My luck continued when I arrived at the airport and watched all other flights to NYC, before and after my flight, being cancelled.  I was so certain my flight would be cancelled that I called my dad to tell him to turn back and pick me up.  I mean, stranded in gorgeous weather (70 degrees F) with all the Del Taco chicken soft tacos, In n Out burgers I could possibly eat, didn’t seem like a problem at all.  But sure enough, we boarded and were on our way back to NYC.

After a smooth flight we were told that JFK still hadn’t opened so we had to hover for almost an hour over the city:

From up there you couldn’t tell the snowpocalypse descended upon the Concrete Jungle.

We were literally only the third plane to land once the airport opened, and after a roar of applause, we were then informed that we’d have to wait on the runway for another couple hours because all the snow had yet to be cleared.

I thought my luck had finally ran out once I realized that the Airtrain wasn’t running, and there were no taxis in sight (in fact, no vehicles at all).  I became disheartened when one of the (very few) airport workers informed me that I’d most likely have to spend the night at the airport as most streets if not all have not been cleared therefore there was no transportation whatsoever.   Trying to figure out my next plan, i.e. where exactly in the airport I would camp out (next to the vending machines?), when miraculously the one taxi that did eventually arrived happened to be taking it’s passenger to where I needed to go.  And this passenger was kind enough to let me ride along, and even better, he refused to let me pay half of the cab fare.

Once I arrived in my neighborhood, I was slightly daunted by the amount of snow between me and my apartment.  In some parts we’re talking 5 feet of fresh snow.  None of the roads or sidewalks were cleared, and the wind was beginning to pick up again.  I thought to myself that even though it’s been years since the last time I snowboarded, it would’ve been much easier to get through the snow that way.  But somehow I managed to trudge through the snow, all while dragging my luggage.  And after five hours after arriving in JFK, I finally arrived home.

The next day:

A few days later:

A few days after that:

Even after my ordeal, I am still grateful as there were others less fortunate than me.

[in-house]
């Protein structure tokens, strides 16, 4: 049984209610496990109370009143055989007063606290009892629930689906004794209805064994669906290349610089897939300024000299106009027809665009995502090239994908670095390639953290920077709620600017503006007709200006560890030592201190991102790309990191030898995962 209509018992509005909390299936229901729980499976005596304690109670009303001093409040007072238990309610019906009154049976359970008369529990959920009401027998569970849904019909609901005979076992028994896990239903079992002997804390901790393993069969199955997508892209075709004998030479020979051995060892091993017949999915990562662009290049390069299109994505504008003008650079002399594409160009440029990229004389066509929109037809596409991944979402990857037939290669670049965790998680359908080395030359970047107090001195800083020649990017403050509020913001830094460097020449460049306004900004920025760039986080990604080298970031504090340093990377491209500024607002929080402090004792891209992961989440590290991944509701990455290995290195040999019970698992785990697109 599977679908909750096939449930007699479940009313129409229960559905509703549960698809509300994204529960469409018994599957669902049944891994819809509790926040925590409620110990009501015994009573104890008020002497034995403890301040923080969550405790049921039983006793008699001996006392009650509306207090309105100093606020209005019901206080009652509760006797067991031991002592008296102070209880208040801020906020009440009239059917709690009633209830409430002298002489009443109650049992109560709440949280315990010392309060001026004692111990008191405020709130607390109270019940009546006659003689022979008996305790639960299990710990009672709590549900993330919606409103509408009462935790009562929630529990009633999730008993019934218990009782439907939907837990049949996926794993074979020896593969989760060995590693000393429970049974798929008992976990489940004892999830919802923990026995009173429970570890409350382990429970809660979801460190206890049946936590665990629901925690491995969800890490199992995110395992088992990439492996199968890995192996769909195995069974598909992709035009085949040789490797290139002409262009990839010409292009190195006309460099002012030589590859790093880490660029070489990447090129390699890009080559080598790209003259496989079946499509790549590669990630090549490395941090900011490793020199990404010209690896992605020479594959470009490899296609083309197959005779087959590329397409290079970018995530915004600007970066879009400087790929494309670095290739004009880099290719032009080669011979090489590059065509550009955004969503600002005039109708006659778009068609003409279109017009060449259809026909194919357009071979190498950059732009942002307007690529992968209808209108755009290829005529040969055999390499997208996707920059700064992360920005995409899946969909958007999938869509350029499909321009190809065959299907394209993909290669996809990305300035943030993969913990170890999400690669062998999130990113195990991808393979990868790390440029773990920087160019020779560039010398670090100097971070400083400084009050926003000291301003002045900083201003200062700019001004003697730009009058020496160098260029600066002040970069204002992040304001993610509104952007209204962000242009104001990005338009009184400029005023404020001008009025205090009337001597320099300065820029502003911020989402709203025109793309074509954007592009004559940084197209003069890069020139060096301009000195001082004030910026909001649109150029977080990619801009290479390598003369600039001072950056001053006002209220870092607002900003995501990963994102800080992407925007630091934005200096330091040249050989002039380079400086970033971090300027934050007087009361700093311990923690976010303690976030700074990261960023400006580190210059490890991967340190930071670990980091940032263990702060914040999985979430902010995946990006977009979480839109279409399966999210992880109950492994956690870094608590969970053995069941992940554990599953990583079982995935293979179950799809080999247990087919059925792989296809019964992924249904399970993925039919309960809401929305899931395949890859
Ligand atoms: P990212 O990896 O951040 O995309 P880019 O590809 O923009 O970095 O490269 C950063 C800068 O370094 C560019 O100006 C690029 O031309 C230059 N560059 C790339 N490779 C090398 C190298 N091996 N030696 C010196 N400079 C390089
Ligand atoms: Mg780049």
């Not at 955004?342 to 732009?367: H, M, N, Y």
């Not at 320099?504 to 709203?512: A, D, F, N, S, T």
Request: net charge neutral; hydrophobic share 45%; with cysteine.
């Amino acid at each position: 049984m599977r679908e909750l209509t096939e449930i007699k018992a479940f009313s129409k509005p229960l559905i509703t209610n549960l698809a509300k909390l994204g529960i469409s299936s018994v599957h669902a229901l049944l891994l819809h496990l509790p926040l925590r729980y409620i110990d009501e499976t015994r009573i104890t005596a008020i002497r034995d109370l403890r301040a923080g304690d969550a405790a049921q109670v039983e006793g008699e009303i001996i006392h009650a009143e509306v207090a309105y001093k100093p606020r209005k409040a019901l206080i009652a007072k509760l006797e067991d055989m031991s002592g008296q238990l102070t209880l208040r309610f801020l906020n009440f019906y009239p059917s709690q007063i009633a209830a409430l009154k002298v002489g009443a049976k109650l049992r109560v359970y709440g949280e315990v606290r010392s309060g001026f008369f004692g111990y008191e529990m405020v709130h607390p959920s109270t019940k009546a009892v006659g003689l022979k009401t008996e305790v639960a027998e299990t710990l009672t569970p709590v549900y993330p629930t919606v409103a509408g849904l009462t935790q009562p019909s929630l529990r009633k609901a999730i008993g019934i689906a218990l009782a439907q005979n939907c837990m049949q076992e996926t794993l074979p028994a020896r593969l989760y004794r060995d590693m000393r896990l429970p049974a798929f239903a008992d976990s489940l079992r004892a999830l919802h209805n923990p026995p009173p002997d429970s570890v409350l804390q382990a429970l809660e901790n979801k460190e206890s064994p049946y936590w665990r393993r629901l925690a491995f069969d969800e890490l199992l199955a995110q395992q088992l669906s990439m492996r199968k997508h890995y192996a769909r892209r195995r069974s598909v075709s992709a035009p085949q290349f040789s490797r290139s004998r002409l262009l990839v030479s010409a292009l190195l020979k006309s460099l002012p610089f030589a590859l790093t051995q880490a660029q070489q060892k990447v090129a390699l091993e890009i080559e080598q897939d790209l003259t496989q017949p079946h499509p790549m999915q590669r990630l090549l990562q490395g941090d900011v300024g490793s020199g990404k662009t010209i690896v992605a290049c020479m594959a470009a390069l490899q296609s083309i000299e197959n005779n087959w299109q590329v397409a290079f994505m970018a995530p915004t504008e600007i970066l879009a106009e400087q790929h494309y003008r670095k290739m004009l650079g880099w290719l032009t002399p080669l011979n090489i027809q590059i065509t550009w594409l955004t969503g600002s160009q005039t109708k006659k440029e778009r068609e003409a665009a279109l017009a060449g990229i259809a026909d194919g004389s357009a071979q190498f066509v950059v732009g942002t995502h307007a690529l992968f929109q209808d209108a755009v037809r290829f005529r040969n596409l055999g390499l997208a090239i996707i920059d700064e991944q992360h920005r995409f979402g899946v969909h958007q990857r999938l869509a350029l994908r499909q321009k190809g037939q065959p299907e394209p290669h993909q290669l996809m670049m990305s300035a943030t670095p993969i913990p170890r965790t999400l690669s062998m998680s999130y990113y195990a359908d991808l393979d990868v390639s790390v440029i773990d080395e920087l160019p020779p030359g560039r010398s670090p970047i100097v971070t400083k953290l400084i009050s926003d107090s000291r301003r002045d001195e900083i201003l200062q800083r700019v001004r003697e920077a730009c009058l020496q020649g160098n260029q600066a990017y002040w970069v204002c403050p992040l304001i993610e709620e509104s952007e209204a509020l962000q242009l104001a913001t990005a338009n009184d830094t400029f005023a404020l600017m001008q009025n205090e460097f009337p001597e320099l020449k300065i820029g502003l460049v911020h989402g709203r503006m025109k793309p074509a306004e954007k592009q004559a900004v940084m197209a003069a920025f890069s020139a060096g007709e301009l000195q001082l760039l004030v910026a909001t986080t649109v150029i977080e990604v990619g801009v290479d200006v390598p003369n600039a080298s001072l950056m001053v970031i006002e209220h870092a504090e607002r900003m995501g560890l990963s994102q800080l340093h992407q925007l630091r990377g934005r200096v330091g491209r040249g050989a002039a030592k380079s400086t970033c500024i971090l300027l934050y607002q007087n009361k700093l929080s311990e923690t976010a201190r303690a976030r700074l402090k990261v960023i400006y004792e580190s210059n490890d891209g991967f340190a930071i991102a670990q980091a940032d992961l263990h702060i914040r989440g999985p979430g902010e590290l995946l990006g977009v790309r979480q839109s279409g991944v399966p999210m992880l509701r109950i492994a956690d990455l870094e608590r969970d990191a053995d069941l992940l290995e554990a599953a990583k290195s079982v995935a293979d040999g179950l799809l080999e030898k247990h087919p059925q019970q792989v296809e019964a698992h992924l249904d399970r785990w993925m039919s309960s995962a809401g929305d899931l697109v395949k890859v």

Then again, we could’ve had this:

If these people can clear these roads, surely NYC can too.

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David Lynch does Dior

This short clip/long commercial is just as weird as the collaboration itself:

Apparently, it’s inspired by his poem, Lady Blue (like that makes it more clear):

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Filed under Art & Exhibitions, Dreams, Fashionista, Music, Poetry, Random, Uncategorized

Inside a soundproof room

So it’s been over a year since I last performed my words in front of people.  I must admit I’ve been incredibly intimidated about performing in NYC – this city is the Mecca of poetry/spoken word!  Before even attempting The Bowery or Nuyorican Café, I wanted to check out lesser known places.  I mean, there’s nothing wrong with going to the deep end, in fact recently I’ve been to the deep end plenty of times, but for this, I wanted to linger in the shallow end.  Unfortunately my lazy ass didn’t even touch the water since moving here.

A year ago I found an open mic night on meetup.com.  The ad seemed interesting – it boasted all kinds of acts, DJ’s, featured performers, and it was free.  I’ve been eyeing it for a year and finally today, I went to it.  Held in a dance studio in Hell’s Kitchen, I could already tell the room was filled with eccentric people just by stepping into the room.

At the start, the emcee, a middle-aged woman, declared she’s not a quiet bird but a Phoenix rising from the flames.  Her widened eyes stared right at me as she said that, and I didn’t know if I should’ve taken it as inspiration or a threat.  She performed twice, and every time someone was standing or whispering, she became passive aggressive with them, calling them “dear” or “honey” yet the tone in her voice was a bit threatening (yet I noticed she didn’t do the same for other performers).  Her second performance consisted of a dance routine and at one point she attempted to give a lap dance to one of the fellas in the front row (who I think had a crush on her).

A woman in the front row kept farting.  I wasn’t sure at first but after the fifth time I saw her sway to one side in her chair.